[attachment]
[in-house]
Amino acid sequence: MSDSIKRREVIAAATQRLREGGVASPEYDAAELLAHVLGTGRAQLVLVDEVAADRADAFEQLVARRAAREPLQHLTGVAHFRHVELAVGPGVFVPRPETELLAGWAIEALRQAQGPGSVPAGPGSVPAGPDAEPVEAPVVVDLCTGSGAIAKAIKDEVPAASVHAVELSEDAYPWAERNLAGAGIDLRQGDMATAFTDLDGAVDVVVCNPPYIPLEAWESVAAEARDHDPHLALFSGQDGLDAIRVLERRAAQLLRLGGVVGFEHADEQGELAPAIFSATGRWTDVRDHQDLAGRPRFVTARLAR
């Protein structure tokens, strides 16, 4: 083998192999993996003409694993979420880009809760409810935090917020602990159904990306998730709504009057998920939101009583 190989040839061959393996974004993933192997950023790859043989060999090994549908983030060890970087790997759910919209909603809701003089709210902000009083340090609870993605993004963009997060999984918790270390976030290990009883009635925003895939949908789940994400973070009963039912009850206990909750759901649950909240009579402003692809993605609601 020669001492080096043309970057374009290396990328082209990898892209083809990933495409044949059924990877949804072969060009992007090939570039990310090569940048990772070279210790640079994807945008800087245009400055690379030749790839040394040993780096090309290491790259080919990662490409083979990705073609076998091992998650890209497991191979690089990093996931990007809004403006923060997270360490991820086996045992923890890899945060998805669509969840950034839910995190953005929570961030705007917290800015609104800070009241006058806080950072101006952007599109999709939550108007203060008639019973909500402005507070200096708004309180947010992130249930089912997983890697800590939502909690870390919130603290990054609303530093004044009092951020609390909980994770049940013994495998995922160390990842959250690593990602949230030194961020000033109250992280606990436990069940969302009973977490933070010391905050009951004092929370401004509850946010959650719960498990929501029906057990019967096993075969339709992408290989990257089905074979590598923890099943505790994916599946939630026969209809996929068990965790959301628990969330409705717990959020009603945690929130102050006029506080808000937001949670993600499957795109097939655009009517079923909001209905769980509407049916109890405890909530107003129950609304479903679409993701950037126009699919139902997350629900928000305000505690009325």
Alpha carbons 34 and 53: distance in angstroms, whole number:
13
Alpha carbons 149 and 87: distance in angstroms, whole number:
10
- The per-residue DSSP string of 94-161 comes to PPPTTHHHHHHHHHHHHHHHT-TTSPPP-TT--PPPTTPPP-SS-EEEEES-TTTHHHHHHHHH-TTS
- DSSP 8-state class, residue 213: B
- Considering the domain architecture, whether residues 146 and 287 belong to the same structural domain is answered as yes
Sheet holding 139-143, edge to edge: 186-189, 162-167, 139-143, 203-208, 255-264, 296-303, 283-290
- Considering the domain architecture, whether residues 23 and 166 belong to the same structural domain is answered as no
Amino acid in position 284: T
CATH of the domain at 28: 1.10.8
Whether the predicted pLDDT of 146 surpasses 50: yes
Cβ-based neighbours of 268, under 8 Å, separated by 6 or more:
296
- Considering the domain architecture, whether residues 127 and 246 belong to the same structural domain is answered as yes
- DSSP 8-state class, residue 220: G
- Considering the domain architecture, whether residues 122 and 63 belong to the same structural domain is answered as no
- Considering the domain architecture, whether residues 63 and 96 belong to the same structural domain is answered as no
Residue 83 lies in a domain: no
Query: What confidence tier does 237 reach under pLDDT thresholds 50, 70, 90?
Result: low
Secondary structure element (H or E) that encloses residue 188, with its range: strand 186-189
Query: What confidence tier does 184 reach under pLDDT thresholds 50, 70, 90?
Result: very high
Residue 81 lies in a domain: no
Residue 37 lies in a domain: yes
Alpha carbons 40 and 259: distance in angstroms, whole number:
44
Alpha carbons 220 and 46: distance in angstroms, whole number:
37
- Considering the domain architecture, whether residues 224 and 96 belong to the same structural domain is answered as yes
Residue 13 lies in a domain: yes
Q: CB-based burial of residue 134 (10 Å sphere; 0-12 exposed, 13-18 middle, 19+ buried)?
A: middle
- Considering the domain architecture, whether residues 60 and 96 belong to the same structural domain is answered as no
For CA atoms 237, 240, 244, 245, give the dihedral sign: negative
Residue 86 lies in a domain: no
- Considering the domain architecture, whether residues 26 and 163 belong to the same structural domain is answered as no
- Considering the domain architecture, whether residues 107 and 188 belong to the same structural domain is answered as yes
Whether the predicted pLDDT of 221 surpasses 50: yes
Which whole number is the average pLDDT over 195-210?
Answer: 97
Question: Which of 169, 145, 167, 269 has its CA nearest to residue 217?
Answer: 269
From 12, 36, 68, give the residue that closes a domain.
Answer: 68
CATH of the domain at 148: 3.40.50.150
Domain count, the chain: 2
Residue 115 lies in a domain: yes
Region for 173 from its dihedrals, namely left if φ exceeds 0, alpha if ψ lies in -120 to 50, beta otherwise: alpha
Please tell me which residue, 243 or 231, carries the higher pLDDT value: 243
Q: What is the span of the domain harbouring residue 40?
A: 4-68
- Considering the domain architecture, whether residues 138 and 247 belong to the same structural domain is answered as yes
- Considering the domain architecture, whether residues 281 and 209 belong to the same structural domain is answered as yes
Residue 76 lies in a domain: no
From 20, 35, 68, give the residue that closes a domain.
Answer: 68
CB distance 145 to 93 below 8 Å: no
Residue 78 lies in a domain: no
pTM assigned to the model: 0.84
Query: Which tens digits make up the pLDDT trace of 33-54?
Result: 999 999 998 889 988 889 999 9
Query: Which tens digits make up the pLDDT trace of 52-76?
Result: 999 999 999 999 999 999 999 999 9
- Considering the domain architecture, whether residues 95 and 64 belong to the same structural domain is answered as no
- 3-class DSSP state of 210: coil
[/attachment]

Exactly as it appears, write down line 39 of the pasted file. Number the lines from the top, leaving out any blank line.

For CA atoms 237, 240, 244, 245, give the dihedral sign: negative